P&W: Does it ever feel like you might have to stop writing a song if you feel you’re not fully in it?
John: Well, there are times when it’s too on the nose, like too specific. So, I’ll have to step back a little bit and come at it from a different angle.
P&W: Do you think everyone has to relate to your songs?
Jared, John & Kennedy in unison: No!
Kennedy: That’s part of the enjoyment of music because you CAN interpret it in your own way. John tends to leave things kind of open ended in a lot of songs.
John: Yea.. I’ve talked about a lot of the meanings behind songs for this album in interviews already, which is different than something that I’ve done in the past. I do like leaving things open ended, but with this album things are really specific and there’s a lot of things that can be misconstrued. I just don’t want that to happen.
P&W: There are some pretty haunting songs that you’ve written like “24 floors”and there’s a few on the “Forever Halloween”album that were dark. What I’m trying to ask is, when you write deep and personal songs, how does it feel to know that people know what you’ve struggled with?
John: I suppose going into this most recent one, I was more aware of the obligation that I felt like I had lyrically and the platform that we have as a band. “24 floors”shouldn’t be haunting in a negative way though, because the point of the song is the optimism behind the struggle. So, I think that song was one that I did think about other people when writing it.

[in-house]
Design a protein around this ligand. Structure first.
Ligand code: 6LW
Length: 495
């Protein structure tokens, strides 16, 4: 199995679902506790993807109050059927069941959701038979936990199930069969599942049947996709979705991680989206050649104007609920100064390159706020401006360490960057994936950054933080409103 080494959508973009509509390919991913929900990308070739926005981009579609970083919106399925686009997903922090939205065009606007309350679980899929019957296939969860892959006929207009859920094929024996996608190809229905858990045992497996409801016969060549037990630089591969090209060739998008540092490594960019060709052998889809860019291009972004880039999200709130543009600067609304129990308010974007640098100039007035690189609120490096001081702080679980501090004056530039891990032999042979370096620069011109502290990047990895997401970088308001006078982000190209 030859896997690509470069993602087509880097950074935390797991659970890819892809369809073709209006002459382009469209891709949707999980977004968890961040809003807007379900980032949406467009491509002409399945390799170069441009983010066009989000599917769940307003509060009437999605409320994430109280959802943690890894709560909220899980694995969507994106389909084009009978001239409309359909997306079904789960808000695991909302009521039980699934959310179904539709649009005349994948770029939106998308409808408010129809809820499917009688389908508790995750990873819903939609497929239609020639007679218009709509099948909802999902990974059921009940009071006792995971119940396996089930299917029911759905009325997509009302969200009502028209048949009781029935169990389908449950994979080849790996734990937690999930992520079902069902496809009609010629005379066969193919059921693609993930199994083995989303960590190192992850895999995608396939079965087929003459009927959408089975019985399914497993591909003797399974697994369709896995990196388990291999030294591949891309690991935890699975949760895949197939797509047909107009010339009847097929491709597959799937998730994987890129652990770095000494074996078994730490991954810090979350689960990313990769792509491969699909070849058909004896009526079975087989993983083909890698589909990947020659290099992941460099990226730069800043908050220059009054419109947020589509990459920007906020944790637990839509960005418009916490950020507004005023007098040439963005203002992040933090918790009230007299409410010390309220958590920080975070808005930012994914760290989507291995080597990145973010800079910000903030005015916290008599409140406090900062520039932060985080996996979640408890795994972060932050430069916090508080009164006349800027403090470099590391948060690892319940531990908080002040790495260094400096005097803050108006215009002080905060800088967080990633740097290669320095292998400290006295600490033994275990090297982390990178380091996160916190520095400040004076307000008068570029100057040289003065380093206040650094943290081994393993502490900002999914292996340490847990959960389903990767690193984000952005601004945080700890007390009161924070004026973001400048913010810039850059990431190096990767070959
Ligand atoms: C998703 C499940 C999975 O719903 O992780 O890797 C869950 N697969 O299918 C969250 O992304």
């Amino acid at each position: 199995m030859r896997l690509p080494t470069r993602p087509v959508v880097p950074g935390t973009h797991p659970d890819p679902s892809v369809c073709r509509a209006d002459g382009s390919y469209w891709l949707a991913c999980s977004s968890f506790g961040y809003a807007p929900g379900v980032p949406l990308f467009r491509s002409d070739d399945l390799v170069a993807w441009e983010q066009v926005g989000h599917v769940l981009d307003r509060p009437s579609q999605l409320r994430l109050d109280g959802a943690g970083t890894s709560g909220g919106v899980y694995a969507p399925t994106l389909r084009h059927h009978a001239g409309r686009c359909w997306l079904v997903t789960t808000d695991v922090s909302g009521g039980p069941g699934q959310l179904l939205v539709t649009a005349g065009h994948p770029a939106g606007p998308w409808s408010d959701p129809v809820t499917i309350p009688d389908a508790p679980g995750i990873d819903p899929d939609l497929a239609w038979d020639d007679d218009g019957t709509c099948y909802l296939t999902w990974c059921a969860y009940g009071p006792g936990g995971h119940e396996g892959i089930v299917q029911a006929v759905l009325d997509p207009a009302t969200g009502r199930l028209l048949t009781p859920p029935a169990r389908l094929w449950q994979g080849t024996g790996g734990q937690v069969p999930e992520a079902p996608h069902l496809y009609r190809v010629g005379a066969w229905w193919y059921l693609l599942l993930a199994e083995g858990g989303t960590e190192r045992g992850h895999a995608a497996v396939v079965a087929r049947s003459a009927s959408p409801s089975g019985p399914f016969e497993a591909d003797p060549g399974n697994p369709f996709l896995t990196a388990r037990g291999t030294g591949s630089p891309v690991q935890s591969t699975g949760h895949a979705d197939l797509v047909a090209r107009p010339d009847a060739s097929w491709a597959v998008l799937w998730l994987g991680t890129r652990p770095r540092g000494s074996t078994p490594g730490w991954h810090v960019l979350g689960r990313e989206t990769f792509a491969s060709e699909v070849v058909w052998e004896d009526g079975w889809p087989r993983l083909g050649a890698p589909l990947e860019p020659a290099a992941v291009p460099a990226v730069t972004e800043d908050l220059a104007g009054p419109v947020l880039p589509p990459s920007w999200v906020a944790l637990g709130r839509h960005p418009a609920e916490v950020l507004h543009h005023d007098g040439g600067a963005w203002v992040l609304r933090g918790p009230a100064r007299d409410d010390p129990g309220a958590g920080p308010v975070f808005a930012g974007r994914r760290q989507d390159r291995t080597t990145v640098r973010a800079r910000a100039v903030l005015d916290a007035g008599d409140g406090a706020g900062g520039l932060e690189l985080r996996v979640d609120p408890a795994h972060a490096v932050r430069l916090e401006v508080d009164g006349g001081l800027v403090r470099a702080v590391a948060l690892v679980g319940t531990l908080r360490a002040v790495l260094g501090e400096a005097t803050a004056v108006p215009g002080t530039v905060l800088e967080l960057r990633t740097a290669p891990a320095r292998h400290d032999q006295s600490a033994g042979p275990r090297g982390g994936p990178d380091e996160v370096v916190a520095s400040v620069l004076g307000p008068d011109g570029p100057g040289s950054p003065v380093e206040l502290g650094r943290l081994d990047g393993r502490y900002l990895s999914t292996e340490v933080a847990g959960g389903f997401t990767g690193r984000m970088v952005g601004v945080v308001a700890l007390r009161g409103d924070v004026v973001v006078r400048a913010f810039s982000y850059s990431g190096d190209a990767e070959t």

P&W: On to the next question…I read that you guys wanted this album to have more of a bounce? What does that mean exactly?
Jared: Just like a groove. We had a meeting. A meeting? Yea we took it to the council. Ok…anyway…We just all sat in a room and talked about what we saw this album becoming and we decided we wanted it to be groovy and give it a feel.
Kennedy: We wanted to do something that was a bit unnatural for us.
Jared: Once we started working with producers, they basically told Pat (drummer) to keep the drums straight and not to do anything too crazy. It was kind of limiting. When you add a grove to something it actually commands a huge part of the vibe of the song. That doesn’t mean anything was lacking…. it was just something we haven’t really done.
John: We’ve thought in terms of tempo before, instead of groove.
Jared: It creates emotion and we wanted the record to feel fun and lighthearted.
P&W: What do you personally think makes a good album?
*everyone pours more whiskey, because that question got them really thinking*